Like the L100, the L110 has a Smile mode in which the camera hunts for smiling faces and fires off a shot whenever it detects one, without user intervention. After the photo is taken, both face and smile detection resume, so that the camera can take more shots of smiling people. Do note though that if the flash is raised, you cannot take another shot until it is fully recharged.
The Nikon Coolpix L110 provides a rather limited scope of editing functions in Playback mode. These include D-lighting and resizing. D-lighting lifts the shadows in a picture of a contrasty scene without affecting the highlights - head to the Image Quality section for a demonstration. On the L110, it is strictly a post-capture thing - this camera does not offer the Active D-lighting function of Nikon's DSLRs. A nice touch about the Playback button is that it can be used as a secondary Power button when all you want to do is review what you have taken so far.
Shooting the Nikon Coolpix L110 was a much more rewarding - and much less frustrating - experience than using the L100. We've already mentioned a few reasons for this - you can now control the ISO speed if you want to, toggling between Record and Playback modes has become more intuitive, the LCD screen is nicer and easier to see in direct sunlight -, and we can add that low-light focusing appears to have been improved too. While the L100 also had a focus assist lamp, we found that it would often fail to lock focus in moderately low light. The L110, while not perfect, appears to be much better in this regard. Finally, the jump from VGA video with mono sound to 720p with stereo audio is not to be underestimated, either.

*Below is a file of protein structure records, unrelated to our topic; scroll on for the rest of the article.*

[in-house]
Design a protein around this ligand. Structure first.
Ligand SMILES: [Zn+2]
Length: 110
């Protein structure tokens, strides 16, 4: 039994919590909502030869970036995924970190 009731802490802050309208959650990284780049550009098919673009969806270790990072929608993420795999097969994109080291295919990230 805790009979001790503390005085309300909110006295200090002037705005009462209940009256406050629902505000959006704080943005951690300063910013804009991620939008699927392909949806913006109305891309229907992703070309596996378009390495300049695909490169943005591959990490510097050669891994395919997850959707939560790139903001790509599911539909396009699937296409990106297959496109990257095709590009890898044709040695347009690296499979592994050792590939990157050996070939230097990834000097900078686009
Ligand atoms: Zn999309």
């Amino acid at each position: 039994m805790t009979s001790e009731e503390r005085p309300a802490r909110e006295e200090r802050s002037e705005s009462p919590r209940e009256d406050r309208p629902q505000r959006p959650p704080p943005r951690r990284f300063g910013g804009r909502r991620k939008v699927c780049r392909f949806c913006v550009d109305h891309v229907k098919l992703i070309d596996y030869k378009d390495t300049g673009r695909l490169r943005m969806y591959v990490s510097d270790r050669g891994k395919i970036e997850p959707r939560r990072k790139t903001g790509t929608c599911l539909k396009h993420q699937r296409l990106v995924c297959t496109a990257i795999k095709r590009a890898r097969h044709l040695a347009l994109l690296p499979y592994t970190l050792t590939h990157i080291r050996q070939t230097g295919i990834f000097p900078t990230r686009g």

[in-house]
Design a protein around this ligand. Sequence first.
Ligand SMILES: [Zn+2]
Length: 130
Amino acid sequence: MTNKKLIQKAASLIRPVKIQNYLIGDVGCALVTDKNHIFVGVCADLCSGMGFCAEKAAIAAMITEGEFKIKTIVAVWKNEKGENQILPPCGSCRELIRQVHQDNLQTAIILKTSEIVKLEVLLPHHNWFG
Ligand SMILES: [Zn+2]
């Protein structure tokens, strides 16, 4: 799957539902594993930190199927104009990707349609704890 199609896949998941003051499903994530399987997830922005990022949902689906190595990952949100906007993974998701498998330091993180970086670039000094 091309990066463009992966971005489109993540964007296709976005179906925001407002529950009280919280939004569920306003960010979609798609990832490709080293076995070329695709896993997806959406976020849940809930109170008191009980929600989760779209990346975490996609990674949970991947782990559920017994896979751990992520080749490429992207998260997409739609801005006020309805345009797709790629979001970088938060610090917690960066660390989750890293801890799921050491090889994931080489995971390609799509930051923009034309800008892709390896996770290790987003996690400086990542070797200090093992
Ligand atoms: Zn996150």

Having said that, we still see scope for improvement. “Having exposure compensation at your disposal is a good thing, but without a live histogram it is not as useful as it could be,” we wrote in our L100 review, and this is something we can only repeat here. A post-capture histogram would come in handy too. And, while it's nice to be finally able to control the ISO speed, it wouldn't hurt if you didn't have to dive into the menu to do that. Overall, though, the Coolpix L110 represents a step forward from last year's L100, and Nikon definitely deserves kudos for listening to user feedback.
This concludes our evaluation of the ergonomics, handling and feature set of the Nikon Coolpix L110. Let us now move on to the image quality assessment.